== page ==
Your showjumper is all set for his debut show, but do you know what to wear for showjumping competitions? There are strict rules on dress code in British Showjumping affiliated competitions, but for unaffiliated shows, guidelines tend to be less stringent. Skip to the bottom to find out what is expected at unaffiliated showjumping events.
What to wear for affiliated showjumping competitions
Competitors must be dressed in correct riding clothes, including jackets, whenever they enter the arena.
- Competitors may wear traditional-style tailored jackets, including hacking jackets, or new-styled jackets.
- New style jackets are subject to various regulations:
- – they must be fully zipped up in competition.
- – up to three sponsor logos can appear on the right sleeve, all three contained within 6x14cm, and one logo on the breast pocket (3x4cm)
- – riders’ names may appear on the back of the jacket in upper and lower case letters, using the type face Cosmos Light and Arial, with letters 4cm in height.
- The following jacket colours are reserved for members of the British Nations Cup Team or Championship Team, or with a Union Flag on the breast pocket:
- – dark blue with red collar and white piping
- Members of the Armed Forces or Police Force may wear their uniforms.
- In hot weather, riders may be allowed to compete without jackets at the judges’ discretion, wearing shirts with either long or short-sleeves, and ties firmly secured.
- May have short or long sleeves, and must be done up properly.
- Shirts must have white collars, and long sleeves must have white cuffs.
- To be worn with ties or hunting stocks.
- Ladies may wear shirts with high white collars, and without a tie or stock.
- Coloured ties or stocks may be worn with hacking jackets
- Junior members who are also Pony Club members may wear the Pony Club tie regardless of jacket colour.
- Must be white, pale yellow, beige, grey or fawn coloured.
- Black and navy are not permitted.
- Traditional style riding boots.
- Permitted colours are:
- – Plain black, or black with mahogany or patent tops.
- – Plain brown, or brown with patent tops.
- – Plain navy, or navy with mahogany or patent tops.
- For juniors, traditional style leather jodhpur boots in plain black, brown or navy may be worn with leather gaiters cut in the traditional riding boot style, or half chaps.
- Optional, including air jackets.
- Polo necks
- Half chaps, except for junior riders (as detailed above).
- Video recording or camera equipment is not permitted to be worn when mounted anywhere on the showground.
- Protective headgear must be worn at all times when riding, with the harness securely fastened.
- Hats must meet one of the following standards:
- – British: All PAS (1998 or 2011) 015, VG1 – provided they are BSI Kitemarked.
- – European: VG1 – provided they are BSI Kitemarked.
- – American: all SEI ASTM F1163 04a onwards and SNELL E2001 and SNELL E2016.
- – Australian and New Zealand: AS/NZS 3838 2006 onwards.
- No spurs of excessively severe design.
- Only dummy, rollerball, impulse, rowelled, hammerhead or Prince of Wales spurs are permitted.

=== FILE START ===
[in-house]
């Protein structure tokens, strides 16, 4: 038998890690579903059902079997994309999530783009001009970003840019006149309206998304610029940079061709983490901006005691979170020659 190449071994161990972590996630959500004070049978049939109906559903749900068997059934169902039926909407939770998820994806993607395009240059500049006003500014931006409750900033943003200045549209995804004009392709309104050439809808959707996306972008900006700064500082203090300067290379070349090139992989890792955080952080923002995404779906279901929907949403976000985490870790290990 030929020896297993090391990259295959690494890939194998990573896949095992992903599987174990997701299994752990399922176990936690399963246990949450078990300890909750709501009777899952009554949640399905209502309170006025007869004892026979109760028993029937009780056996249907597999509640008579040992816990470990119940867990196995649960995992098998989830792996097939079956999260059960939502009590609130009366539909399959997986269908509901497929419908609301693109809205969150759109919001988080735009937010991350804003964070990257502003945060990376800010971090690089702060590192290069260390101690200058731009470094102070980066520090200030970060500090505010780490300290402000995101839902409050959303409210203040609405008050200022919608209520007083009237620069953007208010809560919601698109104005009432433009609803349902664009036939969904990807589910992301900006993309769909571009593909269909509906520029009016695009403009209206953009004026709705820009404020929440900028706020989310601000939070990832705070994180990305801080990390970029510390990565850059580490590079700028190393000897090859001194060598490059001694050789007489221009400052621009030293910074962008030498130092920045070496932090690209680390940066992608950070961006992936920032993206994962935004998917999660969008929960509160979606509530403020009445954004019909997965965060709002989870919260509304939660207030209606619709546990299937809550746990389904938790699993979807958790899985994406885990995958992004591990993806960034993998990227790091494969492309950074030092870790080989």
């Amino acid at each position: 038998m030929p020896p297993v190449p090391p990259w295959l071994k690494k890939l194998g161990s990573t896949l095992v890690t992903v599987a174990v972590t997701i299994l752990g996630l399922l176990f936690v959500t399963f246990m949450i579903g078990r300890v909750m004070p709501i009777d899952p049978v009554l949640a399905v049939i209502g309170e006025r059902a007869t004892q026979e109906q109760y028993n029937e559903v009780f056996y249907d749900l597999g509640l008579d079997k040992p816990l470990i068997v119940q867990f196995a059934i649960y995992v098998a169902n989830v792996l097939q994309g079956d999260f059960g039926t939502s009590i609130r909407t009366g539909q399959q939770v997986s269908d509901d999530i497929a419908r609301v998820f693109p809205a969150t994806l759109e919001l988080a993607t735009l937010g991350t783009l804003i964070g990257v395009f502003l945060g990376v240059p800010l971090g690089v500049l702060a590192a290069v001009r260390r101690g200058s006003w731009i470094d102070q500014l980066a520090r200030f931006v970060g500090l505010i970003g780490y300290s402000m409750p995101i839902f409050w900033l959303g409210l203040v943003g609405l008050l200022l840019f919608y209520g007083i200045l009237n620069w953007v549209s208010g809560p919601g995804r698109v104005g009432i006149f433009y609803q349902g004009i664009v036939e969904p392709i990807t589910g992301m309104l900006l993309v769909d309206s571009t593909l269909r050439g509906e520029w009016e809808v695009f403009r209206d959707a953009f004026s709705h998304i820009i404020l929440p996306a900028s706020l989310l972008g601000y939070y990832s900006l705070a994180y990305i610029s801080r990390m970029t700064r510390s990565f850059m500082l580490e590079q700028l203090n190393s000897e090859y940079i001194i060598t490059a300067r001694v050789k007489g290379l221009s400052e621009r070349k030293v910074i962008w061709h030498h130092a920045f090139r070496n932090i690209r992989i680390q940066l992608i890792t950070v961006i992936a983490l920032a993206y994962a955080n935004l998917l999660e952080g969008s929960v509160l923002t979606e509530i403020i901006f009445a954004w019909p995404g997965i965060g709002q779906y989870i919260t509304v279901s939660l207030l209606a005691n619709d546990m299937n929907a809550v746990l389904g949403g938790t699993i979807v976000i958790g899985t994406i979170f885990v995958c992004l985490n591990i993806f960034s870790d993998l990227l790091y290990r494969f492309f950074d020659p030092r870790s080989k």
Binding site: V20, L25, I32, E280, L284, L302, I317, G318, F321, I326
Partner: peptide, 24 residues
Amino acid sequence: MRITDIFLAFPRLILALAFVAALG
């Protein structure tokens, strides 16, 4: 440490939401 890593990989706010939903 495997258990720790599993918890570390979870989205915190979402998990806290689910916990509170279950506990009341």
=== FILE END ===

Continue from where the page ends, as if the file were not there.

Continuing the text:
- Rowelled spurs if worn, must have smooth rowels, with a diameter of no less than 1cm and no greater than 2cm, with a minimum width of 1.8mm. The rowels must sit in the vertical plane; horizontal rowels are not allowed. Rowels are not permitted for ponies.
- No spurs with interchangeable/removable shanks.
- No spurs necks set on the inside of the heel
- No spurs with roughened or cutting edges.
- No serrated spurs.
- Overall length of spur should not exceed 4cm (measured from back of boot to end of spur). For ponies, this should not exceed 2.5cm.
- Spurs should be of smooth material (metal or plastic).
- Shank must be blunt and point only towards the rear.
- Only one pair of spurs should be, traditionally fitted with the curve of the neck of the spur pointing downwards.
- For pony classes, spurs with necks must not exceed 2cms long, and they are not to be pointed, sharp or rowelled
- Plastic spurs are not allowed
Jewellery worn anywhere on the body can increase the risk of injury and competitors are strongly recommended to remove all jewellery. Likewise, it is recommended that long hair should tidy and appropriately secured (tied back and/or hairnet) in the interest of safety.
What to wear at an unaffiliated showjumping competition
You won’t go wrong if you adhere to the affiliated rulebook, as described above. However, the dress code tends to be more lenient at local unaffiliated shows. For example, adults will often be permitted to wear jodhpur boots and gaiters rather than a traditional long riding boot. Whatever the level of show, you’ll want to be smartly turned out in jacket, jodhpurs/breeches and stock or tie.
Your best best is to stick to the list above, and if you want to wear something different – for example, short boots and chaps – contact the show secretary to check that it is permitted.
One item which is essential whatever the code, is protective headgear to the appropriate safety standard:
- British: All PAS (1998 or 2011) 015, VG1 – provided they are BSI Kitemarked.
- European: VG1 – provided they are BSI Kitemarked.
- American: all SEI ASTM F1163 04a onwards and SNELL E2001 and SNELL E2016.
- Australian and New Zealand: AS/NZS 3838 2006 onwards.
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